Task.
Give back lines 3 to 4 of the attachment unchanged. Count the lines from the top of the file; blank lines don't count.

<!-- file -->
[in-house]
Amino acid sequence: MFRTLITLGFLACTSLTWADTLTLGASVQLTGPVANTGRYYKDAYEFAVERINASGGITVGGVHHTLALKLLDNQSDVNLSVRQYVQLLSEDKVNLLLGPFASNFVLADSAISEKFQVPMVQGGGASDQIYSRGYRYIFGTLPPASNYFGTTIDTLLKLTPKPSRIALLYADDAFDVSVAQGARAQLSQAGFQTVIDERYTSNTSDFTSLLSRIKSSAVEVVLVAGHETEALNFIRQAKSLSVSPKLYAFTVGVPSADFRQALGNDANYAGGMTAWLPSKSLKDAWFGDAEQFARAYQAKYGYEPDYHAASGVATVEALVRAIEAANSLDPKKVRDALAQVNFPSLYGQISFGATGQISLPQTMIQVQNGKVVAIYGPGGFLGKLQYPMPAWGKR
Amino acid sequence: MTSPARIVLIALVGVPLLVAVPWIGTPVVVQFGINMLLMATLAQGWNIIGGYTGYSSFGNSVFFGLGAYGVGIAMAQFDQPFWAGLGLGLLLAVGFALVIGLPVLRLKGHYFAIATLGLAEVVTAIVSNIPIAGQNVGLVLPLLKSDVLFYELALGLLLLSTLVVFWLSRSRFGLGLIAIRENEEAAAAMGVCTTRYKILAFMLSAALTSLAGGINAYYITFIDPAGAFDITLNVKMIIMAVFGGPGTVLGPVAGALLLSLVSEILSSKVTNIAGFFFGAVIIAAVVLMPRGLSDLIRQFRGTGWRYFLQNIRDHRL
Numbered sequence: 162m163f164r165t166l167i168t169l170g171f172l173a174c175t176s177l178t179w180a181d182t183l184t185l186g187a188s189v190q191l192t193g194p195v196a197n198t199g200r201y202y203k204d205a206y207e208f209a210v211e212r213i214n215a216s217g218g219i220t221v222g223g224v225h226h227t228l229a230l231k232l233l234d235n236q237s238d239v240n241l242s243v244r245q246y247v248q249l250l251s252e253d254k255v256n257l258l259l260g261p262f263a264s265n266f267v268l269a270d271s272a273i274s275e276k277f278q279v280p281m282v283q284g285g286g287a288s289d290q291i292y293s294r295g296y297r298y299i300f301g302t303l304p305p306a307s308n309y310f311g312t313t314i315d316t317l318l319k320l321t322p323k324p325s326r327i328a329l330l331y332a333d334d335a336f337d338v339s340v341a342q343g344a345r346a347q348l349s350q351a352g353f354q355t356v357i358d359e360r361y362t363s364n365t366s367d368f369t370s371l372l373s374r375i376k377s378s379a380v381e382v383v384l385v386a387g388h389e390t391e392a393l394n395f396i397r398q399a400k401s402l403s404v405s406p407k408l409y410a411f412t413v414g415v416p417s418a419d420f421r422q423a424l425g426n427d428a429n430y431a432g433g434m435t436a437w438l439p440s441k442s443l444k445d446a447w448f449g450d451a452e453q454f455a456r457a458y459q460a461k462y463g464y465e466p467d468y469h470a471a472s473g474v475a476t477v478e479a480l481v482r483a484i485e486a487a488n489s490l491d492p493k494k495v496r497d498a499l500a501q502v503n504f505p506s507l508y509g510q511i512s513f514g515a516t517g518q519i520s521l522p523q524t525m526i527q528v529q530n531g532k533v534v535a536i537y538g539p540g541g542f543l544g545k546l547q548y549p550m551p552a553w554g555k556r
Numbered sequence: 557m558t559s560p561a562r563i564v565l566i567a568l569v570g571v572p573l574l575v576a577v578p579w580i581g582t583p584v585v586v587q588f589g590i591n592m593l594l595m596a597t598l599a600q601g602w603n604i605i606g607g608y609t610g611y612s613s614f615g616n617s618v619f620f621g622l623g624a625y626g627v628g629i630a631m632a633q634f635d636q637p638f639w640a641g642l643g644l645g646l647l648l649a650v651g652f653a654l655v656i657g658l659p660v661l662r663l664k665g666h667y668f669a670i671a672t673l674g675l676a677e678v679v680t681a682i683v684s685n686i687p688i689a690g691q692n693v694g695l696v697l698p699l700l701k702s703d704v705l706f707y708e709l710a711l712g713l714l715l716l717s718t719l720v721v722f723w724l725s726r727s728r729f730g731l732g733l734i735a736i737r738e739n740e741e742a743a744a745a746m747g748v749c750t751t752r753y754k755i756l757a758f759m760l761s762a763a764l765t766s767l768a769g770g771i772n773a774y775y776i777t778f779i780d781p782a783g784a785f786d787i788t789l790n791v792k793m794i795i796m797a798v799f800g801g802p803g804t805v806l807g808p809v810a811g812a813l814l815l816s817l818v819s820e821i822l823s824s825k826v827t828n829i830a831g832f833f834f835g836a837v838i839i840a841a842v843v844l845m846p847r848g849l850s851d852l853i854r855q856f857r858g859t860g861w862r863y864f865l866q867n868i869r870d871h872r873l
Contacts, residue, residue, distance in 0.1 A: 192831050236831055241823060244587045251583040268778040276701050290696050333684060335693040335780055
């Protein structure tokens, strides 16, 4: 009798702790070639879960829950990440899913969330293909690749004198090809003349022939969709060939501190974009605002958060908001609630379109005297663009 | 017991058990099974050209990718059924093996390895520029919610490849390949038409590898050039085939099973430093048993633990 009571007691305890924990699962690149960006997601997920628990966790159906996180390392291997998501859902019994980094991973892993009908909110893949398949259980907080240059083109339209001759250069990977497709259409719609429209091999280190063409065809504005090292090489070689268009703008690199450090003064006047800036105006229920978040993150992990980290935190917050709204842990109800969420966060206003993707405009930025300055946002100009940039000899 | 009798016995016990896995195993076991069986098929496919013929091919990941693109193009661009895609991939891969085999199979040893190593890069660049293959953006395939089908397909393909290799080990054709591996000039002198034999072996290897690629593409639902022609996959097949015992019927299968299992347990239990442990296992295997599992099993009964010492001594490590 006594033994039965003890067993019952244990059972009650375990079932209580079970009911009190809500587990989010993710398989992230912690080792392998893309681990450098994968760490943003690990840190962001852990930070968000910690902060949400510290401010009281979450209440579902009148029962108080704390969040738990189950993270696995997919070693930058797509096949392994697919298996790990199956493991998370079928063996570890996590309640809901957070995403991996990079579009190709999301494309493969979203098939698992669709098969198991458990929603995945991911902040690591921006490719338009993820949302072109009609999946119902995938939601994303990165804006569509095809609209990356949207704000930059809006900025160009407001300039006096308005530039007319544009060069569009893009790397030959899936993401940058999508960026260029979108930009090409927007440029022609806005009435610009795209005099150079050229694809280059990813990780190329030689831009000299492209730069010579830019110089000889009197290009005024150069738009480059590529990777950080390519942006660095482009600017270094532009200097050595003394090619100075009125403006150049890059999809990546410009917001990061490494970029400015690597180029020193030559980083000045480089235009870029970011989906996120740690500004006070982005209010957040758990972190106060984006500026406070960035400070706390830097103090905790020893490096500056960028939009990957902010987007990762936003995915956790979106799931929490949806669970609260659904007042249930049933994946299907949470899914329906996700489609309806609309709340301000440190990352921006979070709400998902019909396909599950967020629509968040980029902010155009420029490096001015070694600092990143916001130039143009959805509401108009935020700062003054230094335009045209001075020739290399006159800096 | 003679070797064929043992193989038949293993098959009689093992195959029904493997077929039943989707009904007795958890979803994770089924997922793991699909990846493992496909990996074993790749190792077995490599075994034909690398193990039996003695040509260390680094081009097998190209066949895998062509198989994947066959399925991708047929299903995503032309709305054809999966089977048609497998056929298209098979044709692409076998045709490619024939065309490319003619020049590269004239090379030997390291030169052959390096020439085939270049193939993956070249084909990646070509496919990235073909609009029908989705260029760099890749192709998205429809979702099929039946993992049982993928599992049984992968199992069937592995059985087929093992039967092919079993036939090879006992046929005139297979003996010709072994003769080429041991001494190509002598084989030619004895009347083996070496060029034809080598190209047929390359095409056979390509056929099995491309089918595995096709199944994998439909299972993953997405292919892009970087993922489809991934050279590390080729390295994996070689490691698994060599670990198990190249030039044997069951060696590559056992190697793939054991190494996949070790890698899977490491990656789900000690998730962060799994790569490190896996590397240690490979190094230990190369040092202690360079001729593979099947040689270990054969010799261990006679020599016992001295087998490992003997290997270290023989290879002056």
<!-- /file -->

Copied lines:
Amino acid sequence: MTSPARIVLIALVGVPLLVAVPWIGTPVVVQFGINMLLMATLAQGWNIIGGYTGYSSFGNSVFFGLGAYGVGIAMAQFDQPFWAGLGLGLLLAVGFALVIGLPVLRLKGHYFAIATLGLAEVVTAIVSNIPIAGQNVGLVLPLLKSDVLFYELALGLLLLSTLVVFWLSRSRFGLGLIAIRENEEAAAAMGVCTTRYKILAFMLSAALTSLAGGINAYYITFIDPAGAFDITLNVKMIIMAVFGGPGTVLGPVAGALLLSLVSEILSSKVTNIAGFFFGAVIIAAVVLMPRGLSDLIRQFRGTGWRYFLQNIRDHRL
Numbered sequence: 162m163f164r165t166l167i168t169l170g171f172l173a174c175t176s177l178t179w180a181d182t183l184t185l186g187a188s189v190q191l192t193g194p195v196a197n198t199g200r201y202y203k204d205a206y207e208f209a210v211e212r213i214n215a216s217g218g219i220t221v222g223g224v225h226h227t228l229a230l231k232l233l234d235n236q237s238d239v240n241l242s243v244r245q246y247v248q249l250l251s252e253d254k255v256n257l258l259l260g261p262f263a264s265n266f267v268l269a270d271s272a273i274s275e276k277f278q279v280p281m282v283q284g285g286g287a288s289d290q291i292y293s294r295g296y297r298y299i300f301g302t303l304p305p306a307s308n309y310f311g312t313t314i315d316t317l318l319k320l321t322p323k324p325s326r327i328a329l330l331y332a333d334d335a336f337d338v339s340v341a342q343g344a345r346a347q348l349s350q351a352g353f354q355t356v357i358d359e360r361y362t363s364n365t366s367d368f369t370s371l372l373s374r375i376k377s378s379a380v381e382v383v384l385v386a387g388h389e390t391e392a393l394n395f396i397r398q399a400k401s402l403s404v405s406p407k408l409y410a411f412t413v414g415v416p417s418a419d420f421r422q423a424l425g426n427d428a429n430y431a432g433g434m435t436a437w438l439p440s441k442s443l444k445d446a447w448f449g450d451a452e453q454f455a456r457a458y459q460a461k462y463g464y465e466p467d468y469h470a471a472s473g474v475a476t477v478e479a480l481v482r483a484i485e486a487a488n489s490l491d492p493k494k495v496r497d498a499l500a501q502v503n504f505p506s507l508y509g510q511i512s513f514g515a516t517g518q519i520s521l522p523q524t525m526i527q528v529q530n531g532k533v534v535a536i537y538g539p540g541g542f543l544g545k546l547q548y549p550m551p552a553w554g555k556r